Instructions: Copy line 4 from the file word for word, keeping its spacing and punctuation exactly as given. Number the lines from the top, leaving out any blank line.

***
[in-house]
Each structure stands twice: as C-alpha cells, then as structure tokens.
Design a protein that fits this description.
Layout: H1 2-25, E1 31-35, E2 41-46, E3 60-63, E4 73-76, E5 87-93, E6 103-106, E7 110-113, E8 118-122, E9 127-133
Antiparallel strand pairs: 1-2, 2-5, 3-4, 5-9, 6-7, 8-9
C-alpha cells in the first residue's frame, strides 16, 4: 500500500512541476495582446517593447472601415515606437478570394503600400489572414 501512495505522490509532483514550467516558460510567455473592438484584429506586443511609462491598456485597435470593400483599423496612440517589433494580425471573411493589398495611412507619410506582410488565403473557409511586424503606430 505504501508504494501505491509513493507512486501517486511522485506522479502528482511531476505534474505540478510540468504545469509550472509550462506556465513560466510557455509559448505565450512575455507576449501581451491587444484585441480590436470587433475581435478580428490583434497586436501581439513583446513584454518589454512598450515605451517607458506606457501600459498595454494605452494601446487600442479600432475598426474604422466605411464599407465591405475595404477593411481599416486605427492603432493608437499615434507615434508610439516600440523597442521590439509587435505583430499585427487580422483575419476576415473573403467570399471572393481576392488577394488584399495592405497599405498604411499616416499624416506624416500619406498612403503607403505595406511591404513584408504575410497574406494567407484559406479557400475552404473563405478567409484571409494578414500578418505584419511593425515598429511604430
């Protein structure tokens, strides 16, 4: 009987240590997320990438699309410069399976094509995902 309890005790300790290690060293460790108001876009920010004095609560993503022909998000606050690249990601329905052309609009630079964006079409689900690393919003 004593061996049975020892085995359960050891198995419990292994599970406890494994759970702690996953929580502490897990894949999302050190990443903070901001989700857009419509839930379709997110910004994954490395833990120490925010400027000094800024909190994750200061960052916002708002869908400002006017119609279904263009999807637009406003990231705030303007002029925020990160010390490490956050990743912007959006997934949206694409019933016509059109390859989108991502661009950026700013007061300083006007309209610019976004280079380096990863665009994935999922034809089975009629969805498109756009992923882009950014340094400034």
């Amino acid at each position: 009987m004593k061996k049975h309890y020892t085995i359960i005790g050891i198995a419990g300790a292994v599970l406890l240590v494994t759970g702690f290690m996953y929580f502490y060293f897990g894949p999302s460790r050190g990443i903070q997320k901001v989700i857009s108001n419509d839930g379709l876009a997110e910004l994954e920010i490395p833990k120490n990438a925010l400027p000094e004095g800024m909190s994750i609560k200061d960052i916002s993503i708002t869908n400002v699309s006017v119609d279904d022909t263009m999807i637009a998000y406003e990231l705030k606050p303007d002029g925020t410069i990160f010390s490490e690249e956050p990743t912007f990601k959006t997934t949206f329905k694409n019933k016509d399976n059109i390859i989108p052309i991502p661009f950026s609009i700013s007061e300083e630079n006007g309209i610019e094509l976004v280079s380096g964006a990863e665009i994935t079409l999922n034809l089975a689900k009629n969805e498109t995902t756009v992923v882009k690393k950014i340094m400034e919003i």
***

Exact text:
Layout: H1 2-25, E1 31-35, E2 41-46, E3 60-63, E4 73-76, E5 87-93, E6 103-106, E7 110-113, E8 118-122, E9 127-133